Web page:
Momentum is the key for motivating yourself. You wake up, you go to work, come home, watch a little television, and go to bed. What did you learn from the day? Who did you help? How much closer are you to that project that you are working on? If you look at life based upon what you accomplished in an average day, you would be very impressed with yourself. We live in a society that looks at our zip code, our car, our home to determine how valuable we are. These material things may be important to you but what about all the other things that you are doing each day to improve yourself.
L. P. Jacks, Senior Lecturer, an English educator, philosopher, and Unitarian minister who rose to prominence in the period from World War I to World War II, once said:
A master in the art of living draws no sharp distinction between his work and his play; his labor and his leisure; his mind and his body; his education and his recreation. He hardly knows which is which. He simply pursues his vision of excellence through whatever he is doing, and leaves others to determine whether he is working or playing. To himself, he always appears to be doing both.
When you do what you love you begin to find your true north, which, according to Bill George, the author of the book True North, is your internal compass.
My book, Mastering Self-Motivation, addresses the point about understanding your motivation and finding your purpose in life. You have to be able to develop an awareness of your strengths and weaknesses, and then set up a plan to enhance your strengths and, if you have time, work on eliminating your weaknesses.
There is no better time than now to make the necessary changes in your life to create a roadmap for success and transform your life. Your life quest began when you first arrived in this world. At that time, you were dependent upon your parents but now you have to depend on yourself. Take the necessary steps to reinvent yourself by focusing on your core competencies which are the things that you do well.
Reinventing yourself means that you surround yourself with creative and innovative people. Ben Franklin once said that you should become a revolutionary for experimentation and change. In order to do this you have to look at failure as a way of learning. Failing just means that you have a chance for a new beginning.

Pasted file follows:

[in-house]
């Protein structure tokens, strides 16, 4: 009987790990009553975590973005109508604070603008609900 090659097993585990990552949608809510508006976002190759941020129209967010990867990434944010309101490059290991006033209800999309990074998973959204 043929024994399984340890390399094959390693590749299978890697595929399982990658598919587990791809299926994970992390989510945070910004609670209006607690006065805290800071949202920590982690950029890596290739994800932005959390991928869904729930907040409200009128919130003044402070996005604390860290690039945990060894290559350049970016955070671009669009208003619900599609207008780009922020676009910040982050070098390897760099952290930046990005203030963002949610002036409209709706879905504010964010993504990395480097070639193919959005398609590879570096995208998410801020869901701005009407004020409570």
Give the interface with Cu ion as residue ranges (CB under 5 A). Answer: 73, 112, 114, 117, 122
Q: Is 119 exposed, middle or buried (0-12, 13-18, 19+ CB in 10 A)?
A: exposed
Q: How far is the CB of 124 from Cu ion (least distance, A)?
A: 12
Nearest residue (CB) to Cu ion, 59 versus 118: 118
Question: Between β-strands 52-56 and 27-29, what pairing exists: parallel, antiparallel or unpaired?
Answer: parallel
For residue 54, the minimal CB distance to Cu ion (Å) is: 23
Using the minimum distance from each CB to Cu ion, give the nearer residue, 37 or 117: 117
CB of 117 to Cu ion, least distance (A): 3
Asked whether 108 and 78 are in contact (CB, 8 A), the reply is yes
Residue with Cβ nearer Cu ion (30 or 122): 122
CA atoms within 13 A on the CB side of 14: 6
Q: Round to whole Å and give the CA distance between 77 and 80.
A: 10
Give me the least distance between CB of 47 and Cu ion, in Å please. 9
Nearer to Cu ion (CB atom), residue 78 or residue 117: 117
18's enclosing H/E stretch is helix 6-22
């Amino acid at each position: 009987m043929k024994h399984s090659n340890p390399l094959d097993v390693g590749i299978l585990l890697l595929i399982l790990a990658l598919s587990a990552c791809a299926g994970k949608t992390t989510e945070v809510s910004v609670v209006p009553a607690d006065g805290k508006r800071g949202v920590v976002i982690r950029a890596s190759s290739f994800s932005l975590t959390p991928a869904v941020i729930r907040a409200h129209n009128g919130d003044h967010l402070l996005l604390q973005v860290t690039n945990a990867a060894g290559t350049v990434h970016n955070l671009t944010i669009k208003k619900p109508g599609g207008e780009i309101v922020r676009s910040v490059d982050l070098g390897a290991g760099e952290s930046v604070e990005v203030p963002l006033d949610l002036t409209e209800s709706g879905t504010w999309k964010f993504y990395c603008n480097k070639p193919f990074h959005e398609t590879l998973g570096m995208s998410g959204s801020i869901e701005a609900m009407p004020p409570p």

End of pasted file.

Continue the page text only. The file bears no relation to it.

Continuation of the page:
Here are five things that you can do today to begin Mastering the Art of Self-Motivation:
- Set high goals. Oprah Winfrey once said in 1987 that she will be a millionaire by age thirty two; fourteen years later she was worth 1.4 billion dollars.
- Thrive on challenge. Look at challenge as a way of life. The older you get, the more challenges you will face, embrace them.
- Become highly self-motivated. Do not wait for someone to come down from the sky with a magic wand to make you a motivated person.
- Invest the necessary effort. Burn the midnight oil. Go the extra mile. Get up with the sun and work until dusk.
- When faced with obstacles, persevere. Become tenacious and resilient by bouncing back from obstacles with a stronger presence and determination.
This blog post is an article about my book “Mastering Self-Motivation: Preparing Yourself for Personal Excellence.”
If you would like to buy a copy of Mastering Self-Motivation, you can find it at Amazon.com, Barnes & Noble, or wherever books are sold.
Contact Dr. Michael Provitera, the Author of Mastering Self-Motivation, by emailing him at firstname.lastname@example.org. Visit his website at http://docprov.com. Watch his three minute book trailer when you visit his website.